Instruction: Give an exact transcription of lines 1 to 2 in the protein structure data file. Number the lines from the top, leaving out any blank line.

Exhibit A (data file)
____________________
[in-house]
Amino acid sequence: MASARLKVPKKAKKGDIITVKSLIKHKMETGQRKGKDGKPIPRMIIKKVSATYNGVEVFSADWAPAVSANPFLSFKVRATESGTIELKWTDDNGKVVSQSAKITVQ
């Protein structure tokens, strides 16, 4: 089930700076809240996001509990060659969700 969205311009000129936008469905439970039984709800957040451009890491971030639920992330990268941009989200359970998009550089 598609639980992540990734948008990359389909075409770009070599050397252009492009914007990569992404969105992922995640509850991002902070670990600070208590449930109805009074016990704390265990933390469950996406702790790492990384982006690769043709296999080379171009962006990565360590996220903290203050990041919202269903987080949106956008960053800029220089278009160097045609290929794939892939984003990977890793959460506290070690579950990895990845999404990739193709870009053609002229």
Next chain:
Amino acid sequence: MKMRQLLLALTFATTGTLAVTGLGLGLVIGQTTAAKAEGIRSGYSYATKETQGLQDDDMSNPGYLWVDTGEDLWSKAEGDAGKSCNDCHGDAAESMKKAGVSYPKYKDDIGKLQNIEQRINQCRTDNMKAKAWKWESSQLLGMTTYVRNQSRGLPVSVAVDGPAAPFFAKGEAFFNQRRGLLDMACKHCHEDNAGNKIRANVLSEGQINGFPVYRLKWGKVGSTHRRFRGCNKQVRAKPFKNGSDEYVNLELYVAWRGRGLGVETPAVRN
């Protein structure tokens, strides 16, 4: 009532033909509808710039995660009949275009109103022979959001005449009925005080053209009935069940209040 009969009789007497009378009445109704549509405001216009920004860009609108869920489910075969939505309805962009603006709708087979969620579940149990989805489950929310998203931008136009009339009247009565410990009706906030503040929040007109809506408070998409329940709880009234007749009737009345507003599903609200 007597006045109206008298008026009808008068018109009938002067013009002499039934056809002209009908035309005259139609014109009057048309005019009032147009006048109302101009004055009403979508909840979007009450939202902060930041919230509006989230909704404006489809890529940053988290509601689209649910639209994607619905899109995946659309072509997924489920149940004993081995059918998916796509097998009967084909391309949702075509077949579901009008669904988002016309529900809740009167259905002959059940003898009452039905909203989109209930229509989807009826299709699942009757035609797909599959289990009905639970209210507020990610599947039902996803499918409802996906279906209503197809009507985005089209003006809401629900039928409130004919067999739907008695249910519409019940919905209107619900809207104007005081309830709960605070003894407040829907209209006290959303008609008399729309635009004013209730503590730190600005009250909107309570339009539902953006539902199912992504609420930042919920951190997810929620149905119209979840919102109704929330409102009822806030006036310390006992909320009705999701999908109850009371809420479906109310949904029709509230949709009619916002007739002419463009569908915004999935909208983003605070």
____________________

[in-house]
Amino acid sequence: MASARLKVPKKAKKGDIITVKSLIKHKMETGQRKGKDGKPIPRMIIKKVSATYNGVEVFSADWAPAVSANPFLSFKVRATESGTIELKWTDDNGKVVSQSAKITVQ